Diagonal December 3, 2012 written by Richard Jaspering
The Second Mechanism, by Diagonal, is a controlled, cold-sounding experiment in the new progressive from the United Kingdom. This, their second major album, was released on the Metal Blade record label, and is a follow-up to 2008's release on Rise Above. Seeming to pattern themselves after progressive masters of the past, they further the sound concept in to the modern day with this calculating release. There is no trace of the ironic and obvious in their homage, but there is, rather in abundance, a dynamic sense of the effortlessly earnest to be found throughout.
It is a tense and transitory piece entitled "Voyage / Paralysis" that begins The Second Mechanism. With synthesized sounds meant perhaps to recall science fiction movie soundtracks, the bass carries a low menace and dread reminiscent of Magma's "De Futura" in the introduction. The music is airy for a time with a powerful composition for the horn section, leading down darker paths and later reclaiming the introductory theme.
"These Yellow Sands" begins with chilly, epic-sounding jazz-rock and metamporphs into a finely paced rocker with shades of an Arabic sound. The music in this piece is fluid without sounding overwrought.
The problem, at least for me, begins at "Mitochondria", the album's third track. The introduction is another exercise in a methodical, slow style the band seems very much to enjoy, but one is reminded only of the previous track's beginnings. It is a minor lull and purely filler, but fortunately the opener segues quickly into a great piece of well-composed, retro-psychedelia.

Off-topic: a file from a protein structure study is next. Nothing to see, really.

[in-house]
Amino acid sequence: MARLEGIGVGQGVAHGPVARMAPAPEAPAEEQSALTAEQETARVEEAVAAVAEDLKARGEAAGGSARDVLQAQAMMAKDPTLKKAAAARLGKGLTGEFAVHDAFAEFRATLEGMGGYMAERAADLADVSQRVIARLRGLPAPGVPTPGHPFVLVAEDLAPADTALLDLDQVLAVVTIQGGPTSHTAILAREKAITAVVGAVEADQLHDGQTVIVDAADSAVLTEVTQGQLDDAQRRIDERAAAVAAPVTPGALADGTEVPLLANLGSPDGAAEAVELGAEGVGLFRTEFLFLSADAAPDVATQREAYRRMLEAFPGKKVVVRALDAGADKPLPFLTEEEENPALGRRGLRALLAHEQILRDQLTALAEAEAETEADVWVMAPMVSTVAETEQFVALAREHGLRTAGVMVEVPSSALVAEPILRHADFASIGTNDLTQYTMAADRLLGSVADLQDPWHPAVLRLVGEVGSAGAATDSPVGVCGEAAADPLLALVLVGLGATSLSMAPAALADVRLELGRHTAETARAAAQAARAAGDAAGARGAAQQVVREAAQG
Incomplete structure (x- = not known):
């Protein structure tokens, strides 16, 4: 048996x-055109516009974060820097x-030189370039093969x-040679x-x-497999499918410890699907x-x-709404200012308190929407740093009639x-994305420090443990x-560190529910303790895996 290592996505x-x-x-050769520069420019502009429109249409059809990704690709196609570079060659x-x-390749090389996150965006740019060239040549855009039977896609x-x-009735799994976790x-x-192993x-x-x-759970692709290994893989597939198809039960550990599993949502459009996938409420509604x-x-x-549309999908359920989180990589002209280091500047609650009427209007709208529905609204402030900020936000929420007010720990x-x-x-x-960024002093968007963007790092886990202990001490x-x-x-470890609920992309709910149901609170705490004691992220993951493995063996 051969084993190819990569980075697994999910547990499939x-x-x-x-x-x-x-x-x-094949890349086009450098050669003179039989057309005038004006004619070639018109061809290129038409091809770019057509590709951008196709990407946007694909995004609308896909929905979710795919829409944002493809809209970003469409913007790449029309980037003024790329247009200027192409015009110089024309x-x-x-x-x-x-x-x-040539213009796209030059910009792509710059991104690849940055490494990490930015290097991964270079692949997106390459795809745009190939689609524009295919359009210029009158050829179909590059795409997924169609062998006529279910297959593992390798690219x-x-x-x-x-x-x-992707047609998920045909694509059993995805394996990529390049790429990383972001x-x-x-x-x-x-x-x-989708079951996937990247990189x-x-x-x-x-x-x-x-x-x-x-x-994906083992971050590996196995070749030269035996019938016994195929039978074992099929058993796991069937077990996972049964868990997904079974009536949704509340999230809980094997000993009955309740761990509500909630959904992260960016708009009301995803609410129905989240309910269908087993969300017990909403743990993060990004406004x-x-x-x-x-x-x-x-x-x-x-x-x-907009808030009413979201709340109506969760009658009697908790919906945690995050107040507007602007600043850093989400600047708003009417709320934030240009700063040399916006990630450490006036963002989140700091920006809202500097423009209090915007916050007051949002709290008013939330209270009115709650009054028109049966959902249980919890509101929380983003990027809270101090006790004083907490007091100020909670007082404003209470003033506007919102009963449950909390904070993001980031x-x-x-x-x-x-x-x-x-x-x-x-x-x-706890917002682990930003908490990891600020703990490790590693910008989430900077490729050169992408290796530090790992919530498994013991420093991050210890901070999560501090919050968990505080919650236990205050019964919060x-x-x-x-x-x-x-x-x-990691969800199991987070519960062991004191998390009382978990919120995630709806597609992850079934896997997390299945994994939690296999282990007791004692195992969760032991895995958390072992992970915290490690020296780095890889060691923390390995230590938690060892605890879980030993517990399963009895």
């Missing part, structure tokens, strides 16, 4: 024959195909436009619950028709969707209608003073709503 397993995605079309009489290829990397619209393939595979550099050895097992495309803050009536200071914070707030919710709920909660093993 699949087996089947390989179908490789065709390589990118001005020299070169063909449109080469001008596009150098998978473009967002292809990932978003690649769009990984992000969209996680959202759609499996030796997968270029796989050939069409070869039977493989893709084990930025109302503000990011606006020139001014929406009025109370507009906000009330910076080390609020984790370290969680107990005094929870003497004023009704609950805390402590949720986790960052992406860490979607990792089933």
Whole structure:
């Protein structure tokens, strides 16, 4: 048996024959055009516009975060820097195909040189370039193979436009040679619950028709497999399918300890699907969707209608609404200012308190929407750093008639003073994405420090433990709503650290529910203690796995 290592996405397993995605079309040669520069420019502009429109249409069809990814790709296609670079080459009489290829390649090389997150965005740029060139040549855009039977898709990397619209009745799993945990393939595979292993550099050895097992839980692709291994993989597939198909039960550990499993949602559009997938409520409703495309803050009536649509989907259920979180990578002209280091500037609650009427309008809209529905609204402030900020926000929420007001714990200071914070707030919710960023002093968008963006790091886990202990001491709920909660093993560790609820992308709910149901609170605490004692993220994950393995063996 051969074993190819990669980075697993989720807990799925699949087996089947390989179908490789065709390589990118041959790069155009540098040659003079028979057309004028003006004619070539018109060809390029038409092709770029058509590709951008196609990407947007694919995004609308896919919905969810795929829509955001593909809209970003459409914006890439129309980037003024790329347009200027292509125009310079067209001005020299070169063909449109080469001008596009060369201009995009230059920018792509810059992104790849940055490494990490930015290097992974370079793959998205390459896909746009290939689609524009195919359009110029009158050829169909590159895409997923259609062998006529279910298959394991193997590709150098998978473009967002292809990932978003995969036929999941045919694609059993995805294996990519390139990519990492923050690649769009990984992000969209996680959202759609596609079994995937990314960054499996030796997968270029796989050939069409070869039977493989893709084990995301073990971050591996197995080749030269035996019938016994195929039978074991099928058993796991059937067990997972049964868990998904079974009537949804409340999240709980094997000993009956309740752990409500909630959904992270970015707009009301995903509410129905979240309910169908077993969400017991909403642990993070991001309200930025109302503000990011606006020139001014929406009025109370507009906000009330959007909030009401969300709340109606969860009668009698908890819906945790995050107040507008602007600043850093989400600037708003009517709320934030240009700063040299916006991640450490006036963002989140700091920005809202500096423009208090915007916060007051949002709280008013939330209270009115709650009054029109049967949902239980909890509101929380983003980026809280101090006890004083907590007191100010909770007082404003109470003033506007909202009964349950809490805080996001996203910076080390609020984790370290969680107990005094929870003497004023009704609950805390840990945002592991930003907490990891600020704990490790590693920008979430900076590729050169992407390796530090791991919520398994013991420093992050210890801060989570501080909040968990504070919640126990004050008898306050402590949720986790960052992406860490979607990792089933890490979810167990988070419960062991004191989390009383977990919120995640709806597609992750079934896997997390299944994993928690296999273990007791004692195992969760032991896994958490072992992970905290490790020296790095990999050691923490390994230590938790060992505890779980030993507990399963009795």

In "Hulks" do we hear the lead vocals present themselves in unison with haunting, back-up harmonies. It is here that one begins to realize the potential in Diagonal as a fully melodic group of players, capable of quite a lot in terms of what feelings they may engender in a person through their music, but we see also the hand of control at work in the measured use of vocalization. This grip on the music is loosened slightly towards the end of the piece through several chaotic forms, and after ten and a half minutes, the song winds quietly down.
"Capsizing", the final track, has more of a free-form feel in the horn section and bass stylings while simultaneously engaging one in dual synthesizer and guitar soloing, precise jazz drumming and a return to the tension and pressure of the album's opener. The Second Mechanism closes with much the same, synthesized sound that introduces it, but this bookend style of atmospherics could be quite a bit more effective if there were something more substantial at work than just a brief interlude of simple noises.
In all, what Diagonal has created here is a very enjoyable throwback album that will entice fans of their progressive predecessors while at the same time giving incentive to listeners who may not be as familiar with the genre.
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